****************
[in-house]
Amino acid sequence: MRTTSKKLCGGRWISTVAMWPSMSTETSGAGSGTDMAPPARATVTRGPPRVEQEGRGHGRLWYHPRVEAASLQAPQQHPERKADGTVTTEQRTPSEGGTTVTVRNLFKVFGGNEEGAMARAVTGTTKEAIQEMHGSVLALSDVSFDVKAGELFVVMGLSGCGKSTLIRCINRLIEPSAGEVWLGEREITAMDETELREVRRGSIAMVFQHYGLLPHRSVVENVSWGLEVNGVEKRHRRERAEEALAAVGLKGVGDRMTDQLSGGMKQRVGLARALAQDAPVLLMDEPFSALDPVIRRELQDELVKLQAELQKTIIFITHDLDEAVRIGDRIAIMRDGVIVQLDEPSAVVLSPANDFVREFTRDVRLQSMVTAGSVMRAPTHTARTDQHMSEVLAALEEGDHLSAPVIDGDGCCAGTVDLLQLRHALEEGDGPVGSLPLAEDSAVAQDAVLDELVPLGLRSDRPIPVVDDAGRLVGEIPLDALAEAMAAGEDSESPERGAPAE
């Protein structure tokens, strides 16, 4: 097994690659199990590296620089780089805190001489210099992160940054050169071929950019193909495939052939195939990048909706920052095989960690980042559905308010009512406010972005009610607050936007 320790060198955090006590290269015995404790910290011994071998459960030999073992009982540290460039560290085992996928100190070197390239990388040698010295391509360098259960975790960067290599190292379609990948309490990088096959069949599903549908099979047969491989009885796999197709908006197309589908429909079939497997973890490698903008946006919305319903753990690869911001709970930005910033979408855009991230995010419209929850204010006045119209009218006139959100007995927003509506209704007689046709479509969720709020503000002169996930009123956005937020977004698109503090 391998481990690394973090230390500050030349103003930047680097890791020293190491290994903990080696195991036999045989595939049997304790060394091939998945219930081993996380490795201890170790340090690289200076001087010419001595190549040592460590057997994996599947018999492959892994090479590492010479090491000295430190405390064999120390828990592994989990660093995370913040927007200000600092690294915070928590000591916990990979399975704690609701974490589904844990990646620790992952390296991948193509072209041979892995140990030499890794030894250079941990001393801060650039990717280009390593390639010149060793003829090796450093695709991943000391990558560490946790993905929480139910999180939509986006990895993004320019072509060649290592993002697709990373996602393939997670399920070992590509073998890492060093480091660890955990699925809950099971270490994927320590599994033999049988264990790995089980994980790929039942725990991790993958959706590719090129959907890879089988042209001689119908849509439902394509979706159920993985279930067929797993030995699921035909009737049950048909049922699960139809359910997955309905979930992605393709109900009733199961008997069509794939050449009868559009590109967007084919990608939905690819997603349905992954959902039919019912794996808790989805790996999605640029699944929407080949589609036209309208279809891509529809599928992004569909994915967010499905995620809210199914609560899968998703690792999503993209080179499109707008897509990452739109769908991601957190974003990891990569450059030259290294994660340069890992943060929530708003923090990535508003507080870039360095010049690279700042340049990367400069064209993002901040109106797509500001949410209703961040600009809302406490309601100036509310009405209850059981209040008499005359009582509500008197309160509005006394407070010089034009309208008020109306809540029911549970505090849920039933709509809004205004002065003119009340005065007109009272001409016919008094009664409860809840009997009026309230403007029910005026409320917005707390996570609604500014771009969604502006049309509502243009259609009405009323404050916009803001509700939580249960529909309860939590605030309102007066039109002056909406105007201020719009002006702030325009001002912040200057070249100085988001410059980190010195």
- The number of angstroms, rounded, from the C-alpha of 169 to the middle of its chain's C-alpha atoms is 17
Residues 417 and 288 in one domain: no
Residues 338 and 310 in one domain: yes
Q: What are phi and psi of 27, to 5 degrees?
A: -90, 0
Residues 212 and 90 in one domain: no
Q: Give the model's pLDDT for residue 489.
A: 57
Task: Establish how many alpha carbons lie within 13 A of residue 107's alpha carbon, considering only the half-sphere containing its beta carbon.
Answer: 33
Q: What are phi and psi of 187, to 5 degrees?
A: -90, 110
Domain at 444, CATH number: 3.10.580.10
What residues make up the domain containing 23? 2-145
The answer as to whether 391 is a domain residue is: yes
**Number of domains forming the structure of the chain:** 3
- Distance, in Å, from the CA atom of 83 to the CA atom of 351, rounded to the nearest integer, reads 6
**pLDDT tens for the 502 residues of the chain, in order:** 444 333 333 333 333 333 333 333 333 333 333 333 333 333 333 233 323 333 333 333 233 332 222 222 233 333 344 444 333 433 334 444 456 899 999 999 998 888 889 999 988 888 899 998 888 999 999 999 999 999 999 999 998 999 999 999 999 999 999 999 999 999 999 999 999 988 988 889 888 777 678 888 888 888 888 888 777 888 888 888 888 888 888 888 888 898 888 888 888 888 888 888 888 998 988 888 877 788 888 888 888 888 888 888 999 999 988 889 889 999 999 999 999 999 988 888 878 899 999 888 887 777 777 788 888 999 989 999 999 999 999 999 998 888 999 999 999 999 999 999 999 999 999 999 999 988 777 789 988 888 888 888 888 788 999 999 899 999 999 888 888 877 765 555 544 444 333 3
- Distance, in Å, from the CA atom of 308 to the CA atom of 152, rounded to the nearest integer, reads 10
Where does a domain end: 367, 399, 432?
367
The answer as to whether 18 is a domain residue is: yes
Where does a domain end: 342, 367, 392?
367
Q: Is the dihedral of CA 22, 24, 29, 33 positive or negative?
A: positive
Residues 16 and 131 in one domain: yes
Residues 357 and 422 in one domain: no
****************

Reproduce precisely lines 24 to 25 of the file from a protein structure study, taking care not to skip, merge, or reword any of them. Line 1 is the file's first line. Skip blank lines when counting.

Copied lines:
367
The answer as to whether 18 is a domain residue is: yes